By definition, learning is the act of gaining knowledge or skills. This is often applied to human beings who constantly attempt to expand their horizon of knowledge and understanding by learning new things. However, different types of learning can affect how people perceive and process information.
What type of Learning Affects Humans the most?
There are four types of learning:
- Observational, and
Cognitive learning is when a person understands something in their way, such as learning about a concept. In this type of learning, the person will likely have different associations with their perception of the information.
Associative learning is when a person learns from an association or pairing of two stimuli, such as between an inspiration and a response, such as in classical conditioning.
Observational learning is when a person learns by imitating others. This is also known as Vicarious learning, where the learner observes others and gains knowledge through them.
Lastly, social learning is when a person learns new skills or behaviours by observing others and mimicking their actions, also known as modelling.
Which of these types of learning affect humans the most?
Cognitive learning affects humans the most because this type of learning involves understanding or perceiving information in one’s way; for example, one might understand a concept in different ways than others. This is especially true in modern times where children are using chrome books in education and following instructions by Teachers. The challenge is to align the thinking and perception of all the students.
However, cognitive learning does not always affect everyone the same way. Even when two people have the same concept, they will have different associations with that concept.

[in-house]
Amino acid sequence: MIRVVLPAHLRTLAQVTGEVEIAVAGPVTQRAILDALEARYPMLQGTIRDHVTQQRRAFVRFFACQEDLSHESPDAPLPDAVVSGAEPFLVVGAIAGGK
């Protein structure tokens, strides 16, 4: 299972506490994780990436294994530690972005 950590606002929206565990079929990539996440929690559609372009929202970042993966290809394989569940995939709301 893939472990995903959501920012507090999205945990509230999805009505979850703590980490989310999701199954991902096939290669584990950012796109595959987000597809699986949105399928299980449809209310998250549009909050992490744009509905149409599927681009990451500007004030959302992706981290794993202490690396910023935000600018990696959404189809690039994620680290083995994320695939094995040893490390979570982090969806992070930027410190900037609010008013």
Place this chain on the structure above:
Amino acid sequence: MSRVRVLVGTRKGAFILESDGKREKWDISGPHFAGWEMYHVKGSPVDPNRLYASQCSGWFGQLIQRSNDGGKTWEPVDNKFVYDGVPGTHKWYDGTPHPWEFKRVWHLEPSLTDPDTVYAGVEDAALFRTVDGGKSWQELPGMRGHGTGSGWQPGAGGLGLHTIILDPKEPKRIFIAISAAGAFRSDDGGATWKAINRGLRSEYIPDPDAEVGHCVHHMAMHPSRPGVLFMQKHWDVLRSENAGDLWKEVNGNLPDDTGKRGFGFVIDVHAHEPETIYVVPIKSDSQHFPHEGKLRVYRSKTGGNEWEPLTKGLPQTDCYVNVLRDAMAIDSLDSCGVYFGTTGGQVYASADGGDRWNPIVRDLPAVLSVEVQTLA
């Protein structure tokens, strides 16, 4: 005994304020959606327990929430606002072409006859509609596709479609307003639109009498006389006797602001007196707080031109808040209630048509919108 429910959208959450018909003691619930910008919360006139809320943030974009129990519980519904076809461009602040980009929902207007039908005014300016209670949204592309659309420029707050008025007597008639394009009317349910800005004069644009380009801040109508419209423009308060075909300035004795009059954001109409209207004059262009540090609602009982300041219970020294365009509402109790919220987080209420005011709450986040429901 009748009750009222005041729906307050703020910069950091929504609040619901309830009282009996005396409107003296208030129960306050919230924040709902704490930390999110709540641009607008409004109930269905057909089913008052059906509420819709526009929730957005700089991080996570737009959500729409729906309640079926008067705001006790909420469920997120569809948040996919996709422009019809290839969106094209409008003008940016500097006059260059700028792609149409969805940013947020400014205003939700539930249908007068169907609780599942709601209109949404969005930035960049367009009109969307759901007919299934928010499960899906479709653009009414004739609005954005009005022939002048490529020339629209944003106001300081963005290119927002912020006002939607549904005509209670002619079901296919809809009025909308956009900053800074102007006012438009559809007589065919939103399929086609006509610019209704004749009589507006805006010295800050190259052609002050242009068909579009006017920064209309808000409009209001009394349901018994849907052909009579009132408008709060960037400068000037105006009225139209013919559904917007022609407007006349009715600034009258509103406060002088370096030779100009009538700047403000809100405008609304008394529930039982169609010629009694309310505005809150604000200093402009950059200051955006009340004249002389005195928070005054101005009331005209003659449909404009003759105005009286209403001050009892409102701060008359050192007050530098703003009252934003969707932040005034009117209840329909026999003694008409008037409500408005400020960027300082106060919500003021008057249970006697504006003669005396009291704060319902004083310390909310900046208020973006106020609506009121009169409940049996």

A person might develop a similar response to a stimulus in association learning because of pairing with another push. For example: In classical conditioning, a dog learns to salivate upon hearing/seeing food after pairing this with the sound/sight of the ringing bell. A person might develop a similar response to a stimulus after pairing with another push in association learning.
Observational learning is when a person imitates others by observing them. This type of learning also involves modelling, where one learns future behaviours or skills after seeing the expert perform them. For example: Watching an expert chef know how to cook can be effective in observational learning. Observational learning is thus when a person learns by imitating others. A person might develop a similar response to a stimulus if they imitate after seeing someone else do it first.
Lastly, social learning is when a person learns new skills or behaviours by observing others and mimicking their actions. For example, if the observer cannot acknowledge or imitate specific movements, such as riding a bicycle or dancing, then social learning would not be as effective.
However, for social learning to work effectively, the observer must recognize what they are seeing. Social learning could also affect a person unknowingly because a person might not recognize what they are imitating if they cannot mimic or imitate movements.
In conclusion, cognitive learning affects humans the most because this type of learning pertains to understanding or perceiving information in one’s way that is unique from others. However, different people have different associations with that concept based on what is being learned and how.